By Joe Keenan
Dick Gaughan has been one of the big figures in the British folk scene now for four decades and it was a privilege to see him at the Saltburn Folk Festival. The Scottish singer song writer who mixes traditional music with his political values has just returned from a tour of Canada and we were lucky to have him. In his own words, “the last time I was in Saltburn it was Redcar!” referring to the fact that it’s a long time since we had seen him in these parts at the old Redcar Folk Festival.
I was very nervous to meet him. His music has played a big part in my life and in fact, from the age of 16 as a child of the miners’ strike, it acted as a great source of political education. Without Dick I wouldn’t have been introduced to Thomas Paine, Victor Jara, John Steinbeck, Woody Guthrie, and a whole host of subjects ranging from the Spanish Civil War to the Diggers. I met him at the Spa Hotel, out the back where he was having a cigarette post sound check. “Step into my office,” he joked. He put me immediately at ease.
His reputation as a passionate protest singer and exceptionally talented guitarist has not diminished, despite the years. However, Dick has had one of the most beautifully lyrical voices in British folk but age is taking its toll on that. His voice is changing and sounds a bit harder nowadays and this is something that many of his fans are sad about, but not Dick. “It’s natural, I feel no sense of loss” he says as I put it to him. “Technique is just a tool kit, I’m interested in the job of getting people to feel emotion. Give me the full power and the emotion of what people are saying and I would take that every time. Having a good singing voice is irrelevant. Too many people focus on the how instead of concentrating on the what and the why. The latter two are what are important.” He has still got a fantastic voice nonetheless.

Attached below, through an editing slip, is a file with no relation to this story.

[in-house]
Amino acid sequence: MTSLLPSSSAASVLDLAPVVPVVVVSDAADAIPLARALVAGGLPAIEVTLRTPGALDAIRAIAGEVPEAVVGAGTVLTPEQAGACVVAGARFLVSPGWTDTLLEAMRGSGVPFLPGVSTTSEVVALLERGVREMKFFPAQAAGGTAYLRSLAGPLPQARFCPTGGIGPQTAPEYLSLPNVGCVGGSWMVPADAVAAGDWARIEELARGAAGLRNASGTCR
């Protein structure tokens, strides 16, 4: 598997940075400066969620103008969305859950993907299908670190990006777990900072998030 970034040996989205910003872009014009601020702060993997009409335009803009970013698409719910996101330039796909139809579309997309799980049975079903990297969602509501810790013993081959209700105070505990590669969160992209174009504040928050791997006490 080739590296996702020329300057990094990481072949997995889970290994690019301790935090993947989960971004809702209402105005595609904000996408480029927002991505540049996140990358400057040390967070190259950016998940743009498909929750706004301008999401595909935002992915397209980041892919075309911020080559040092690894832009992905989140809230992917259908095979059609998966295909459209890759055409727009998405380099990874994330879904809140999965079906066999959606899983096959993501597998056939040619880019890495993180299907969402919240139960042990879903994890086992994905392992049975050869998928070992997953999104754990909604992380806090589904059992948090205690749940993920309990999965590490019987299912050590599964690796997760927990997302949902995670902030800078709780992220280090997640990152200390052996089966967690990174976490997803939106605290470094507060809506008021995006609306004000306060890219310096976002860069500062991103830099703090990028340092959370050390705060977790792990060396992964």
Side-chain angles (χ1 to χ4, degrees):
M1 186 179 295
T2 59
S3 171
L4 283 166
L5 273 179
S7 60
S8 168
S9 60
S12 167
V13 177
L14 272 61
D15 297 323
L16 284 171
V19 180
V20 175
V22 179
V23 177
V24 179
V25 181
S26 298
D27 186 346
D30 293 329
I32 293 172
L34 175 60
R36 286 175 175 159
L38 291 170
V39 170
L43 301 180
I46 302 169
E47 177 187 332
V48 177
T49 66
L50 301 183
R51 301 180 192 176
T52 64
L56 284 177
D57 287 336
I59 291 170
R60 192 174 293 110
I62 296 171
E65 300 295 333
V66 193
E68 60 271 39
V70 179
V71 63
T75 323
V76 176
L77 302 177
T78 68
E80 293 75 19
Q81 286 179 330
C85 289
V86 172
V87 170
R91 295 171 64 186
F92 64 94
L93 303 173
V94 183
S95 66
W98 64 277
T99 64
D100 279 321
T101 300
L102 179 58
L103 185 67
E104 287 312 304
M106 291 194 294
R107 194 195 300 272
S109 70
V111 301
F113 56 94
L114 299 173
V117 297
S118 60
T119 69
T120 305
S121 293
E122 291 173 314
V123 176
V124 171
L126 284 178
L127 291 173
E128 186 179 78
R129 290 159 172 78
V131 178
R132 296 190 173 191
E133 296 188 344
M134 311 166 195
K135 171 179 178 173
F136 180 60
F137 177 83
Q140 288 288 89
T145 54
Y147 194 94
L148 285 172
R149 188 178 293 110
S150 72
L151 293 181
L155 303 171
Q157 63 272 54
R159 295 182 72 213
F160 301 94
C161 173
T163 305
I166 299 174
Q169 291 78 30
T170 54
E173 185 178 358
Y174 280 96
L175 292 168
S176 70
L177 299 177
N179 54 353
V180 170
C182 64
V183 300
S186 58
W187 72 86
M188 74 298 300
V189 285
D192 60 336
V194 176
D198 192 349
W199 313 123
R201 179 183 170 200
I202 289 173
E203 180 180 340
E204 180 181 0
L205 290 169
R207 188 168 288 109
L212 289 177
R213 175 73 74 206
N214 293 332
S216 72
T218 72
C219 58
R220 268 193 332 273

He has released so many albums and collaborations over the years it’s also hard to see where he gets his energy from. In his latest venture he has just been involved with a project which fuses Scottish Folk with Reggae. I asked him if he still had the creative zeal. “I’ve never seen this as a career, I’m not a careerist,” he says “I may release another record but there has never been a master plan. What’s next is what’s next”.
We inevitably got onto politics and how it motivated his music. I asked him what his take was on the riots that gripped the country this month. “It all goes back to the Thatcher era” he said. “Thatcher proclaimed that there was no such thing as society – that results in people rioting in the streets. You treat people like an underclass, they will behave like one.” Dick pulls no punches.
Dick Gaughan is a firm believer that his music is there for a purpose and he expanded on what he means by this. “Music should challenge you. It should make you think. It should be story telling with a substance.” he said. “I don’t recognise some folk music today, I don’t understand the definition. You need to get above the tidal wave of bland wallpaper.”
His set at the Spa Hotel was full of emotion and substance and laced with storytelling. He included Robert Burns, Thomas Muir and ship wrecked bankers in the package as well as some more traditional music. Personally though, I would have paid just to watch him tune his guitar and ramble between songs. He was totally right of course. The what and the why win every time. This man has passion in abundance.